Many weeks later, bodies of dead protesters were still being recovered from the Nile, some with concrete blocks tied around them. The commander of that operation, Lt. Gen. Mohamed Hamdan, has since emerged as arguably the most powerful figure in the country, even if he is outranked by General al-Burhan.
During the three years of transition, the country will be governed by a sovereign council composed of five civilians, five military officers and an 11th member chosen jointly by both sides.
The Forces for Freedom and Change nominated Mr. Hamdok, an economist who has worked in international institutions, to lead a technocratic government operating under the sovereign council.
Civilian appointees will control every ministry with two major exceptions: the defense and interior ministries, which will remain under military control. That means there are limited prospects of accountability for past military abuses under Mr. al-Bashir, or even for Mr. al-Bashir himself.
Sudan’s generals have said that Mr. al-Bashir will not be sent to stand trial at the International Criminal Court in The Hague, where he faced a decade-old indictment on charges of war crimes, crimes against humanity and genocide.
The trial expected to start on Monday is a “positive step toward accountability,” said Joan Nyanyuki of Amnesty International, but Mr. al-Bashir should be held accountable for abuses committed against his own people. “Omar al-Bashir has evaded justice for far too long as the victims of horrific crimes still wait for justice and reparations,” she said.
For some revolutionaries, especially those who lost friends in violence, the power-sharing deal made for a bittersweet victory, and they welcomed it cautiously.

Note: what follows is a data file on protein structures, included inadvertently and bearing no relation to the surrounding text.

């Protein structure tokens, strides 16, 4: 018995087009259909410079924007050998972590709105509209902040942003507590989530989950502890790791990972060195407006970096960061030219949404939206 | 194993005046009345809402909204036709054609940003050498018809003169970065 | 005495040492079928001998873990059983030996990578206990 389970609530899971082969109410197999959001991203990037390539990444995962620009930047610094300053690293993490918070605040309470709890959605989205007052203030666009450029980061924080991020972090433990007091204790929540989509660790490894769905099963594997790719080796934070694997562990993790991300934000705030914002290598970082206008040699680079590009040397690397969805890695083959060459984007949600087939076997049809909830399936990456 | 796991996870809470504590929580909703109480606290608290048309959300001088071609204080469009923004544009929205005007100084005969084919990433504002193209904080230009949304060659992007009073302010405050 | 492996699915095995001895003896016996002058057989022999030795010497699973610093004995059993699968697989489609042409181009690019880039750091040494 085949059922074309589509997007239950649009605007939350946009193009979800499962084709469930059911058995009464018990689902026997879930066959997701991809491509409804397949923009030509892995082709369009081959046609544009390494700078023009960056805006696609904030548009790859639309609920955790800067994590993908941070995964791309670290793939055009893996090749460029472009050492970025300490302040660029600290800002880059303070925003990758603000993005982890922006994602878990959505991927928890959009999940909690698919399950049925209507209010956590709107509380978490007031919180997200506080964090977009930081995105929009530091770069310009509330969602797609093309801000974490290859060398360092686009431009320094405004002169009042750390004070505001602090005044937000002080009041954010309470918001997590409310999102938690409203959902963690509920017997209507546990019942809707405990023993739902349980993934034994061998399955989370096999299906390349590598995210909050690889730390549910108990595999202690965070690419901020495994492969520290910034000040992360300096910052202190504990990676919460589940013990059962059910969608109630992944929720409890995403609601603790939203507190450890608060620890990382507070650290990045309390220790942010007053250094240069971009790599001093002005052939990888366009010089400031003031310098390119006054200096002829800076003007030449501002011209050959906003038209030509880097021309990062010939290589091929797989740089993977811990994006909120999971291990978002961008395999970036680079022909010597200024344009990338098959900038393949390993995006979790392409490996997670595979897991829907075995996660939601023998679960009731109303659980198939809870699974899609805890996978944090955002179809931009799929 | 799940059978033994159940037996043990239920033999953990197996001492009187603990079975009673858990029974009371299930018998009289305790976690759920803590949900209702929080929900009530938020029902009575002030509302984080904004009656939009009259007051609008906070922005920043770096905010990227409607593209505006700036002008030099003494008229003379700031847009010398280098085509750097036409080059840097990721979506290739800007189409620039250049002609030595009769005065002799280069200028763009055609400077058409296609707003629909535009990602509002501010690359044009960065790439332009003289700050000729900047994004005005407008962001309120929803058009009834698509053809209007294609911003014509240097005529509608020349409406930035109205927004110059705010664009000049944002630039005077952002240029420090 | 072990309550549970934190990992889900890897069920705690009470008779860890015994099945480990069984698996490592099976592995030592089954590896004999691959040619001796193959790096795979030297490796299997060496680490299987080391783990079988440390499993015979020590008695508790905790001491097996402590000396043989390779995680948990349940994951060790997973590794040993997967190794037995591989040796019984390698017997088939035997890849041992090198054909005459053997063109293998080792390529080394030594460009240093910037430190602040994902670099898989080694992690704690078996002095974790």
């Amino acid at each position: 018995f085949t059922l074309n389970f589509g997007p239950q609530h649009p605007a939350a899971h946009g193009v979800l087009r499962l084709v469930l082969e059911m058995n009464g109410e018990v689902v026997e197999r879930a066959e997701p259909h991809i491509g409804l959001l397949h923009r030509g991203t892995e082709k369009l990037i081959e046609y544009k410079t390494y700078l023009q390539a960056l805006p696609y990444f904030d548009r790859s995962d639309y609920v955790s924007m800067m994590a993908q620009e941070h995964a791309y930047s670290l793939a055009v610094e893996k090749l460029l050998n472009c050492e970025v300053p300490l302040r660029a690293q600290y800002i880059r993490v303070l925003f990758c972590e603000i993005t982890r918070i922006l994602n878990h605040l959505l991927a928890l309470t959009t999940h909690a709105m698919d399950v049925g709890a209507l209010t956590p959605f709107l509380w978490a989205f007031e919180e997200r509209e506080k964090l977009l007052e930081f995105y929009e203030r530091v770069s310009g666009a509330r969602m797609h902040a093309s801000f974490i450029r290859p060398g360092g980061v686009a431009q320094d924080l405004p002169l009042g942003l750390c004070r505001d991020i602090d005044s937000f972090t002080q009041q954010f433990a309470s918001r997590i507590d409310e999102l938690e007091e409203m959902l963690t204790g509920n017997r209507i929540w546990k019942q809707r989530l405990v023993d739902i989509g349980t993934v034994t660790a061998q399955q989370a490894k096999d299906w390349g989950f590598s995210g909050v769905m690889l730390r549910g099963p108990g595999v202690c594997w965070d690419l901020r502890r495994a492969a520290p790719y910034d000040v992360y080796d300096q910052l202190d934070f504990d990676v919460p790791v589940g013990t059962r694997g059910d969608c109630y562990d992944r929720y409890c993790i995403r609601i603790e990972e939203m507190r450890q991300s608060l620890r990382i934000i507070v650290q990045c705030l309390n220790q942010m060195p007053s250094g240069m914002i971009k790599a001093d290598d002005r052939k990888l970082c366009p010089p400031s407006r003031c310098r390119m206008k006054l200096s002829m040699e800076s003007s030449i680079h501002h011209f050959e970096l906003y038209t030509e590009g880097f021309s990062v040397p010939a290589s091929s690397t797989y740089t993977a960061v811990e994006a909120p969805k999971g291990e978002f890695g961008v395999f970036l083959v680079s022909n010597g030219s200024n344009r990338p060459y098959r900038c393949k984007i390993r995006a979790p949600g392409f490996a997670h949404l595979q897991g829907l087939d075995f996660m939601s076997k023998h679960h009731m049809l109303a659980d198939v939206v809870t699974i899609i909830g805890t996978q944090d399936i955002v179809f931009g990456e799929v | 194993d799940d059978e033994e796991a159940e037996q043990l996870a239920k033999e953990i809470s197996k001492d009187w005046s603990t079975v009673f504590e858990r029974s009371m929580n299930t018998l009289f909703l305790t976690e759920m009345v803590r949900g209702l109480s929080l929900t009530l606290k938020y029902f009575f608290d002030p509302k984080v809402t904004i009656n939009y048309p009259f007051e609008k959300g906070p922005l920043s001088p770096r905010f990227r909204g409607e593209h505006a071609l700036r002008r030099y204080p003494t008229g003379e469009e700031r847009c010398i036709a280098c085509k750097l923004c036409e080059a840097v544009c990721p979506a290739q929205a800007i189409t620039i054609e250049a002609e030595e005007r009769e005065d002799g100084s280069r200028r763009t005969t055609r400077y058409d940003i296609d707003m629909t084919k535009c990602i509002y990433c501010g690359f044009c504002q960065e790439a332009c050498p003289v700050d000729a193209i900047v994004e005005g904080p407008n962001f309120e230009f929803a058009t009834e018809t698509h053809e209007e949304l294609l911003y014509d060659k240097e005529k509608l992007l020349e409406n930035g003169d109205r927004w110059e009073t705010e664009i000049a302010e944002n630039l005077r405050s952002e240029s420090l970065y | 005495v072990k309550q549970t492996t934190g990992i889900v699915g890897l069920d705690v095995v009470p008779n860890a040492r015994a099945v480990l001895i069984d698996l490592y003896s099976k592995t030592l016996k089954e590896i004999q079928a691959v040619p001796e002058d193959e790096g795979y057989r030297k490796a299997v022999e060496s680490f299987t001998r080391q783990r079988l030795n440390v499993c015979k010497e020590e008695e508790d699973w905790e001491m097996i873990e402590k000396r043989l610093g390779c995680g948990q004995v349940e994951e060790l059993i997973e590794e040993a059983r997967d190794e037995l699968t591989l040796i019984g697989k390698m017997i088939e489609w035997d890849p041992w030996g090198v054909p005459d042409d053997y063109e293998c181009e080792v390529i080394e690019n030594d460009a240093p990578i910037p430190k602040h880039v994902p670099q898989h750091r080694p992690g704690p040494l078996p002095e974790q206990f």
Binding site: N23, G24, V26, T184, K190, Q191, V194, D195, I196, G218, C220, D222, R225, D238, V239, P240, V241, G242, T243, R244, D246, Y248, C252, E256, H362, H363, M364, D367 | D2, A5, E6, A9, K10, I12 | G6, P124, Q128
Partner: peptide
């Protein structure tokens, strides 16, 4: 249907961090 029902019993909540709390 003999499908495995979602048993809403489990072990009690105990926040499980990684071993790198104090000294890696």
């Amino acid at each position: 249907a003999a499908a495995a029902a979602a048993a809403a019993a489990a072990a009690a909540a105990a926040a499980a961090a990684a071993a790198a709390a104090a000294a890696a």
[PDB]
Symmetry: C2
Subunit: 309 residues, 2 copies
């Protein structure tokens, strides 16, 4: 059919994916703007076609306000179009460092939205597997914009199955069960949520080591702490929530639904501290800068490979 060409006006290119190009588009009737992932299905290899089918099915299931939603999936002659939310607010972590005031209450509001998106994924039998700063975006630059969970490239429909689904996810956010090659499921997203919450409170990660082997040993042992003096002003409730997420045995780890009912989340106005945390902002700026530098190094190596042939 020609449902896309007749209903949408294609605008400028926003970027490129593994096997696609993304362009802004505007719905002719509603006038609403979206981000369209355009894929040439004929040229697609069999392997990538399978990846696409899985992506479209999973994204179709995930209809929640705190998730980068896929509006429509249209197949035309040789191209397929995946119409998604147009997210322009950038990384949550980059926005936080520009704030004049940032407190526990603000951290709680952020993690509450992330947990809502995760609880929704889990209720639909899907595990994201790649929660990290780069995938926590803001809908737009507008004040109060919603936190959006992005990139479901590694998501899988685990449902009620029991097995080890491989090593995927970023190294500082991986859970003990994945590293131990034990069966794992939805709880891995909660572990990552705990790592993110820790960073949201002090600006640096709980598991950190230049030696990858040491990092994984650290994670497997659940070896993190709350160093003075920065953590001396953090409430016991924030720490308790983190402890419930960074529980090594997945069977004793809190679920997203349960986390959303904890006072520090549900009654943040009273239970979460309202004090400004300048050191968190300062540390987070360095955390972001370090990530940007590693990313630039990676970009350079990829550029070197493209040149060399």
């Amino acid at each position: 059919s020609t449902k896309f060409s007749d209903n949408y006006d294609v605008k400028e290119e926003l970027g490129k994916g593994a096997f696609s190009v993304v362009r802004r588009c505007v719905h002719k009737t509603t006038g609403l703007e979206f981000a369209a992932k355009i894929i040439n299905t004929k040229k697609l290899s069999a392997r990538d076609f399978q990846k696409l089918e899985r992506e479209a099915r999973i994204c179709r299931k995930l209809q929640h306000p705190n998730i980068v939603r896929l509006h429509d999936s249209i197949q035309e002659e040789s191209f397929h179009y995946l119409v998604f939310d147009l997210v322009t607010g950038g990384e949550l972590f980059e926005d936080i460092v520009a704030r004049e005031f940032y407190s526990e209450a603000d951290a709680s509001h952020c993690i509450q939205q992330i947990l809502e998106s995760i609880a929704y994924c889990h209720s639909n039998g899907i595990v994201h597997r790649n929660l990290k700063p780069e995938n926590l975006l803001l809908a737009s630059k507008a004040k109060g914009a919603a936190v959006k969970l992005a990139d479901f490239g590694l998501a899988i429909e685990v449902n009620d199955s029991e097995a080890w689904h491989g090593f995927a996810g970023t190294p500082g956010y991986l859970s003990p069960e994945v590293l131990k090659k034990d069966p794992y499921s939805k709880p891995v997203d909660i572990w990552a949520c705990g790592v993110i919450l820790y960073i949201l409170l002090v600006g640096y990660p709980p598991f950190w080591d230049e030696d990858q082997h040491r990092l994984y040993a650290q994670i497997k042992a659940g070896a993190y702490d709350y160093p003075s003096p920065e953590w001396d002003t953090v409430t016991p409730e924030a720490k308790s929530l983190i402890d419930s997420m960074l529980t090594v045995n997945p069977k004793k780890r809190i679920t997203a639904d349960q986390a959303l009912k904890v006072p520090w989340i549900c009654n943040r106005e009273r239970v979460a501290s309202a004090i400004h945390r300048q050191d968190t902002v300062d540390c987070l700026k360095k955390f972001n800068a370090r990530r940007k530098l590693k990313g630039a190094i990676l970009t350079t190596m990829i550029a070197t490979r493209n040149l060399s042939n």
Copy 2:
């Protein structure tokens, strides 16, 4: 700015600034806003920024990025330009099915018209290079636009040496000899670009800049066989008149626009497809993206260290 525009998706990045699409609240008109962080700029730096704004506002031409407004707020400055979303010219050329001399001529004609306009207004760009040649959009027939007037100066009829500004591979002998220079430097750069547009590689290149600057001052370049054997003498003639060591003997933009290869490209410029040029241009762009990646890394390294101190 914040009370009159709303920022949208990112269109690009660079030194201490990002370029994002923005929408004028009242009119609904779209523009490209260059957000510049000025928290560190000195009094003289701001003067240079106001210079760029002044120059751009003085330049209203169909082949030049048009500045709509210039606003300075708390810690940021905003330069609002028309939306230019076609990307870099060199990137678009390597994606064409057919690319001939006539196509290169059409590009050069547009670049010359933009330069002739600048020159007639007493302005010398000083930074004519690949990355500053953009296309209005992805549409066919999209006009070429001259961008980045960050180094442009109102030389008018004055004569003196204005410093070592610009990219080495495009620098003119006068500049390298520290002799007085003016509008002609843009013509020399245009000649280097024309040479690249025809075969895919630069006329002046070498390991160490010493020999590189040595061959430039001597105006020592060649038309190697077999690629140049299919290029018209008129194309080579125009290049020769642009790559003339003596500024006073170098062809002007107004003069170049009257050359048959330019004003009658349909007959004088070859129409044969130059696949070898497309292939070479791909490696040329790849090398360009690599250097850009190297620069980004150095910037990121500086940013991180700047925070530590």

“It is very sad for us that the country is going to be headed by a military officer,” said Sara Abdelgalil of the Sudanese Professionals Association, which played a key role in the protest movement. “It’s a very tough compromise. We just hope that we will achieve a civilian-led government at the end of the three years. And if we fail, we will go back to the street.”
Echoing complaints from others, Ms. Abdelgalil said that women were underrepresented in negotiations with the military. Now, she said, at least one of the five civilians on the sovereign council is expected to be a woman.
“We will see and count when the ministers are announced,” Ms. Abdelgalil said.
The new administration inherits a country in economic collapse, with soaring inflation, shortages of food, fuel and electricity, and a crumbling infrastructure that caused large areas of Khartoum to be flooded by seasonal rains in recent weeks. Public fury over tripling bread prices set off the first protests against Mr. al-Bashir in December, and experts warn that Sudan needs urgent international assistance to stabilize its perilous economic situation and ward off further unrest.
At the same time, some experts worry that the new interim government will present rapacious generals with a fresh chance to enrich themselves and their supporters.